By this approach, it will be appreciated that characterizing information can be usefully provided for all fifty states in a way that avoids the necessity of uniquely setting forth the specific result for each and every state in a separate and discrete manner. This can, in turn, minimize the data entry task, simplify the matching step described below, and ease the burden of keeping these mappings current and accurate. The use of wildcard values to minimize the number of specific entries that need be made to accurately represent all cases can work particularly well when either most such cases are either included, or excluded, with respect to availability. For example, when a particular coverage is available in each of twenty states for all possible SIC codes, a mere twenty rows in such a mapping (where the wildcard value comprises the entry for the SIC dimension) will suffice to represent all possible permutations for those twenty states with respect to all possible SIC codes. Conversely, when this coverage is available in these twenty states for only half of all available SIC codes (of which there are, in some cases, approximately 3,000), it will potentially require 20*1,500 rows to accurately represent such a scenario.
In some cases where a large number of individual rows are required to adequately represent a given use instance, it can be possible to dynamically add another dimension to simplify things. For example, in some instances where a given coverage is not applicable in each and every state, an additional dimension can be provided to reflect, via a true/false entry, this condition. Such an approach can lead in some instances to a dramatic reduction in the number of rows that might otherwise be required. To illustrate this approach further, a number of U.S. states share common requirements about offering Personal Injury Protection (PIP) coverage, and so it is possible to define a dimension “PIPState” that is simply true or false depending upon whether the given state falls into the set. It can therefore be seen that defining this dimension obviates the need to specifically list out the PIP states each time.
As noted above, this process will accommodate dynamic configuration of the aforementioned dimensions. If desired, this process can also accommodate permitting an end user such as an administrator to dynamically configure one or more of these mappings. This can comprise, for example, dynamically configuring the mappings by at least one of:
adding an additional mapping;
deleting one of the mappings; and
changing one of the mappings.
This process 100 then provides for serving 104 as a matching component by automatically using these mappings to determine available insurance policy elements for the particular candidate insurance entity as a function of its attributes. This can comprise, for example, using the attributes from the first memory that specifically characterize a particular candidate insurance entity to identify a match within the mappings of the second memory. By one approach a “match” can comprise an exact match with respect to the attributes for all available dimensions. By another approach, if desired, a “match” can comprise identifying a particular one of the mappings having a combination of the insurance entity characterizing elements that at least substantially matches the attributes that specifically characterize the particular candidate insurance entity.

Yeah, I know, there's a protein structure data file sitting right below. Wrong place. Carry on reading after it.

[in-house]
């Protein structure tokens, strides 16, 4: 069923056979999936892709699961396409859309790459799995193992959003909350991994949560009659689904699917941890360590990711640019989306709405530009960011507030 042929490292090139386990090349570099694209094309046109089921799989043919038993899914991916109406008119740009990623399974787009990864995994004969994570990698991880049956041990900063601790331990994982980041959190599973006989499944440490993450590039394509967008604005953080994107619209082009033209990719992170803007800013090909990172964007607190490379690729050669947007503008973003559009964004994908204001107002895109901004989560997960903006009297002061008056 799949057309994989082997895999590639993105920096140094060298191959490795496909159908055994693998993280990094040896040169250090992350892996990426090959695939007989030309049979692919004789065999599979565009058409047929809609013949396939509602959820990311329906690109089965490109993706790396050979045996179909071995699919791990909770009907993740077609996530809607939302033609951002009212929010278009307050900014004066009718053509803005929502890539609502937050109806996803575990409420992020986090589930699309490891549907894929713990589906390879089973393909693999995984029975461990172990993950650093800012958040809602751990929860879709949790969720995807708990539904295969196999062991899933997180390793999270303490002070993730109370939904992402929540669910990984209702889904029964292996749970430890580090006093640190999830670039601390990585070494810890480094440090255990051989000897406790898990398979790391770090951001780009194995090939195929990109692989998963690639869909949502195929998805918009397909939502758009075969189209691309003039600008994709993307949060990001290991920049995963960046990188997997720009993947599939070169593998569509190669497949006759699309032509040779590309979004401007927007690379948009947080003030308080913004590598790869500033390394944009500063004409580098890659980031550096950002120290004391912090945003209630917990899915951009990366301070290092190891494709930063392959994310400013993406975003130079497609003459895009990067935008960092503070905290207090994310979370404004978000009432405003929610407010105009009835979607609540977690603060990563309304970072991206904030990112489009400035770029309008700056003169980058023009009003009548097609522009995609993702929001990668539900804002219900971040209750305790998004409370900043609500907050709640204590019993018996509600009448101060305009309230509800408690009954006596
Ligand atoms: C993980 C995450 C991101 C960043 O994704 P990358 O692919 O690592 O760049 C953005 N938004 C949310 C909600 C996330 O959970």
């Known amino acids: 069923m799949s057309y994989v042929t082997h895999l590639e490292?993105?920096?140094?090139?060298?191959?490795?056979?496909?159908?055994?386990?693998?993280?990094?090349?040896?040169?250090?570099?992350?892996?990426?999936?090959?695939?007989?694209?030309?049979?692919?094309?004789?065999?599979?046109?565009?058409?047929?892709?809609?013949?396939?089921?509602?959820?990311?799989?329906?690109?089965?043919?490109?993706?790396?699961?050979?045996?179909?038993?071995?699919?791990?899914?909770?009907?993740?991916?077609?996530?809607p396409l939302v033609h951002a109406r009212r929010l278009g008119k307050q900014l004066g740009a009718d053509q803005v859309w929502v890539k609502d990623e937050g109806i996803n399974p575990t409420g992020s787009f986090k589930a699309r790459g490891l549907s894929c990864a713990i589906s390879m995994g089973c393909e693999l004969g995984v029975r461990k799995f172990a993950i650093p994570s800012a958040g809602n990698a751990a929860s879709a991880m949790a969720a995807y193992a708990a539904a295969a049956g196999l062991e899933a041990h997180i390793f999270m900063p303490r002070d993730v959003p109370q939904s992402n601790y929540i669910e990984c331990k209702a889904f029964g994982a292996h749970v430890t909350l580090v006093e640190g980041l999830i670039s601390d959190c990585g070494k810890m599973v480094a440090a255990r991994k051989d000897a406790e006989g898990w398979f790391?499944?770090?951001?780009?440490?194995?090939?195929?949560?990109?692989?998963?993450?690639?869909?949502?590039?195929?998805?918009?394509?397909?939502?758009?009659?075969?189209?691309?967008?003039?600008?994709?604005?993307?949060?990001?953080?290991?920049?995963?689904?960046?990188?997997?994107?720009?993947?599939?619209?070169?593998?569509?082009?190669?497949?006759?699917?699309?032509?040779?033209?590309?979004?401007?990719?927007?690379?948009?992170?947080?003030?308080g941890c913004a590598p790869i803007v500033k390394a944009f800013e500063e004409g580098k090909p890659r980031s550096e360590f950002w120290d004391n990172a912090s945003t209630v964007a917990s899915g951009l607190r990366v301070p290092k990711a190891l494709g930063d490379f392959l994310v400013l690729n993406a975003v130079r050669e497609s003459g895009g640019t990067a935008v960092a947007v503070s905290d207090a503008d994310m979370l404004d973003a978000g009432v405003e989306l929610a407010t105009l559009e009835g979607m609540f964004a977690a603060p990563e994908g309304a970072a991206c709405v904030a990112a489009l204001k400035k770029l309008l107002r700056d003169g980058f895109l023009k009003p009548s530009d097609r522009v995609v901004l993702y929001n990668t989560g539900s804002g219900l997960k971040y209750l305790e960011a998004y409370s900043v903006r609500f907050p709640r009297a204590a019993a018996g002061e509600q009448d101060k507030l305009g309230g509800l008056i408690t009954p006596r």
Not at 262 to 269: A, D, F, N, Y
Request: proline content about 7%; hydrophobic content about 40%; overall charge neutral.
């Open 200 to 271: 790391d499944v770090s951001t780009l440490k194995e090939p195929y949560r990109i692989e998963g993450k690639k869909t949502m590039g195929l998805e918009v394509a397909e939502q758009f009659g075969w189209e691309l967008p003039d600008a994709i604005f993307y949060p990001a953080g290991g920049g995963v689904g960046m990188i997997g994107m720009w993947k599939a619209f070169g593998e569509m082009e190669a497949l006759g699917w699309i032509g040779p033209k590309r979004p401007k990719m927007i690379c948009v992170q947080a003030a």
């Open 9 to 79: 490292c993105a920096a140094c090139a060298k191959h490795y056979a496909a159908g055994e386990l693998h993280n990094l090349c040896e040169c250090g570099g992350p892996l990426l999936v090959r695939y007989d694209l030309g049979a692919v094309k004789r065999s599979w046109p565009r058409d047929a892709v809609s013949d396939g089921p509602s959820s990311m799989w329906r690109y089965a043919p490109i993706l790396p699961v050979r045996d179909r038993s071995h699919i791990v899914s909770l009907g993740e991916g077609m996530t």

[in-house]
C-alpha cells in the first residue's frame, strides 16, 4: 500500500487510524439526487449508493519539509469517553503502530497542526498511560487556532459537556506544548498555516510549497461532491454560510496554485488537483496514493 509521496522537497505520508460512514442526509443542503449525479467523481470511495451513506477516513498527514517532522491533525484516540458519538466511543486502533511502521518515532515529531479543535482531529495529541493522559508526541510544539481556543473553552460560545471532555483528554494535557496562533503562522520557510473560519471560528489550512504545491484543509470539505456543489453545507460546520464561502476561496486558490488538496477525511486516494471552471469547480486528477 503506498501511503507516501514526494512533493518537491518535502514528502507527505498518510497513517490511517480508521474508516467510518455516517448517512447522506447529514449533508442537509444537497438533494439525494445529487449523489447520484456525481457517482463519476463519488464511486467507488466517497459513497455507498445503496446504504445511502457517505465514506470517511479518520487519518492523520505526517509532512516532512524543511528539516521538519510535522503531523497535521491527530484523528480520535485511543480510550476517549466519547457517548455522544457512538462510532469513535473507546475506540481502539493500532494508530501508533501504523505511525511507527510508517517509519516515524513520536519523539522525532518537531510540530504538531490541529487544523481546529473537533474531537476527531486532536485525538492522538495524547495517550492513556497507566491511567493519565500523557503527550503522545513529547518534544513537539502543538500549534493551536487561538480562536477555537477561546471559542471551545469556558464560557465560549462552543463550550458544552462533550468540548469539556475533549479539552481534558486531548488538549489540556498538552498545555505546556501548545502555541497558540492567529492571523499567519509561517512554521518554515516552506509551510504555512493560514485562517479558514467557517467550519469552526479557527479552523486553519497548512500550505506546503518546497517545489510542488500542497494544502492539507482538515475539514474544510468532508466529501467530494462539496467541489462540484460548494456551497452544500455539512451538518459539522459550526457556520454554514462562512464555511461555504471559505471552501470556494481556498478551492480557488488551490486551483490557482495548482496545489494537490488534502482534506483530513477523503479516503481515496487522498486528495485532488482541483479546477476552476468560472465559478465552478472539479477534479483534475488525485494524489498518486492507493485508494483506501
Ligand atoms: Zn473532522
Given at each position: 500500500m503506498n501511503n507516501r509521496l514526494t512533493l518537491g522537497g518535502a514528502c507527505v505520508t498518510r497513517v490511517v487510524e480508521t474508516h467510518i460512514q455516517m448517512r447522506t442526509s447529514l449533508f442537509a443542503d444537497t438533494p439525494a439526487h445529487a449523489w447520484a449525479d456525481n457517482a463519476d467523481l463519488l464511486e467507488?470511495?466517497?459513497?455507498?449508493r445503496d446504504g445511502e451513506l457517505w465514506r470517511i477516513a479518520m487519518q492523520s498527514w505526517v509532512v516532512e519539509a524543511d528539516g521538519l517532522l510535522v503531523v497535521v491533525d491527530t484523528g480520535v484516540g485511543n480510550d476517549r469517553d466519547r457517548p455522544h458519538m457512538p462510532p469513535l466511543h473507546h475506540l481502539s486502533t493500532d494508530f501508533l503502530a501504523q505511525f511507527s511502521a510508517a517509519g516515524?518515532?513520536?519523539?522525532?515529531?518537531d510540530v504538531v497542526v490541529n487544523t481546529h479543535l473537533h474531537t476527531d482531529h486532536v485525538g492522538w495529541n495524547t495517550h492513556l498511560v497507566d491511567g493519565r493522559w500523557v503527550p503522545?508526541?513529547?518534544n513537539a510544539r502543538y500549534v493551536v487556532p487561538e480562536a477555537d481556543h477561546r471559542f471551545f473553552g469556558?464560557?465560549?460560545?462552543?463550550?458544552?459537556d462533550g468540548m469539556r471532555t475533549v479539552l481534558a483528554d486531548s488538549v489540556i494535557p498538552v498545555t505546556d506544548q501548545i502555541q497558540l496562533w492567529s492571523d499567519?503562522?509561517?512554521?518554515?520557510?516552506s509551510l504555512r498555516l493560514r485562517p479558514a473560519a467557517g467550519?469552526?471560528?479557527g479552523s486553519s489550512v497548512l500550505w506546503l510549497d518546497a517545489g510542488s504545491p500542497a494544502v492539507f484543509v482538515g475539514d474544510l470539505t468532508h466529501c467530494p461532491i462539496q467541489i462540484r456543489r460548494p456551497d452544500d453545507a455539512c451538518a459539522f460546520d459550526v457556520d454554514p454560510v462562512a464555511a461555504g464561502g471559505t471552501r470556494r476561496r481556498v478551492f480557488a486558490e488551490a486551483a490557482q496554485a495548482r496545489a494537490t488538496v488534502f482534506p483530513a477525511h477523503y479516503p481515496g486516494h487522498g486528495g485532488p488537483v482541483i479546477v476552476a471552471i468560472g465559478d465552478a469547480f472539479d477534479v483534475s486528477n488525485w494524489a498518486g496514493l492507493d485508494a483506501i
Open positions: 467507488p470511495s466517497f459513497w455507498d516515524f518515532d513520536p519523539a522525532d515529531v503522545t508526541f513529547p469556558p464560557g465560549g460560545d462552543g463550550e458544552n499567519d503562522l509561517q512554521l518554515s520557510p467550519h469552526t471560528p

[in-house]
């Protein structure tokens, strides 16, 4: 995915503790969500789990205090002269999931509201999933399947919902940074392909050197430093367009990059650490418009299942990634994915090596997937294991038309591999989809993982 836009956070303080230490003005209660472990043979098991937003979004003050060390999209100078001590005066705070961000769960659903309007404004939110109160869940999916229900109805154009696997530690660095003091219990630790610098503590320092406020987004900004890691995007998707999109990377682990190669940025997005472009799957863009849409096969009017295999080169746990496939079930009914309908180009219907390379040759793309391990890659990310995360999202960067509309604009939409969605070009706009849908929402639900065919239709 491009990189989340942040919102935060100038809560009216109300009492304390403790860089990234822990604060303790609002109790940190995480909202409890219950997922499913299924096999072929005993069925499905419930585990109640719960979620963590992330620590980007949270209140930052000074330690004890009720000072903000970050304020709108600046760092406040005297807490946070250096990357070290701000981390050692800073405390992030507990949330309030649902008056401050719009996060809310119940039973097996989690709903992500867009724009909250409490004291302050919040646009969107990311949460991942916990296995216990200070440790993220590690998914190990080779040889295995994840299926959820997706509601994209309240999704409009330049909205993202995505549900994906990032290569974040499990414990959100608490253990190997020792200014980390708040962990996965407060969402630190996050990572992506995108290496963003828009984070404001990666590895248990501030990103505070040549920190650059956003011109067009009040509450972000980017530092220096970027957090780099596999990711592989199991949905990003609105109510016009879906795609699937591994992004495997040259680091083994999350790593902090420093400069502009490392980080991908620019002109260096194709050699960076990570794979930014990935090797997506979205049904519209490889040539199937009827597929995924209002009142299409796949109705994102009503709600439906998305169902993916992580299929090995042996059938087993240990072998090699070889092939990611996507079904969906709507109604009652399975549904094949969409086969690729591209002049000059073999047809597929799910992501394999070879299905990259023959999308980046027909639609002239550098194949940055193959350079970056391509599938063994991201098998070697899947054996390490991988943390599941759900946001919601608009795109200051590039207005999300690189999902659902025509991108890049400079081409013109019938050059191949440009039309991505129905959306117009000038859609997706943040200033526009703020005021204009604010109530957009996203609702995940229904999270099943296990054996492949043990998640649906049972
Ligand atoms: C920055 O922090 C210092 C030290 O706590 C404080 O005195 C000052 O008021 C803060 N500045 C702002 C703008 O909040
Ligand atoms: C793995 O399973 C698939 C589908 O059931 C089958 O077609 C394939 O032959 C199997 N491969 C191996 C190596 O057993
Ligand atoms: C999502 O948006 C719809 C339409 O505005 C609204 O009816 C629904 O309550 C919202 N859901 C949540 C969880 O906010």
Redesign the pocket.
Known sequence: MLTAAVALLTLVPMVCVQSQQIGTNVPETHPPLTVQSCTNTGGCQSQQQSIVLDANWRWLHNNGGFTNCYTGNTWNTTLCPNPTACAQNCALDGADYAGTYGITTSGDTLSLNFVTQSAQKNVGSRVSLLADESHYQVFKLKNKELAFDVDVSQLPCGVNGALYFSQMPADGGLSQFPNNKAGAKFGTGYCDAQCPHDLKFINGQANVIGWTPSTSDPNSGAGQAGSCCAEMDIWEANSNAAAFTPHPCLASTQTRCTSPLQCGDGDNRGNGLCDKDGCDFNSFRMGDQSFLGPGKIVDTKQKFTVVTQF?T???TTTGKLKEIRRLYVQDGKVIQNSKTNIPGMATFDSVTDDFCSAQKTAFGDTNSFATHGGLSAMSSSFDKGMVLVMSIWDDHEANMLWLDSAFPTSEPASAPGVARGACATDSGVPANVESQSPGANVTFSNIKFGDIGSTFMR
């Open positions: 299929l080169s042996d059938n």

In some cases, this step of using the mappings to determine available insurance policy elements can comprise simply seeking matches between the attributes that specifically characterize the candidate insurance entity amongst the attribute values that are directly evident in the mappings. In other cases, when one or more of these attributes comprises an instruction to extract a corresponding value for a given one of the attributes, this step can comprise using this instruction to thereby extract that corresponding value in order to facilitate the making of the aforementioned matching activity.
By one approach, the mappings can be stored in tables in a relational database, in which the columns represent the dimensions and the rows contain individual mapping entries. Typically, the mappings for a particular type of insurance policy element (such as coverages or forms) can be contained in a table for that element type, such that different element types may have different numbers or types of dimensions, corresponding to different columns in the tables. It will be apparent to those skilled in the art how a simple database query can quickly and efficiently find the matching rows given a set of attributes as correspond to the dimensions. For example, an SQL query such as:
“SELECT * FROM coverage_availability WHERE SIC=“001” AND USState = “CA””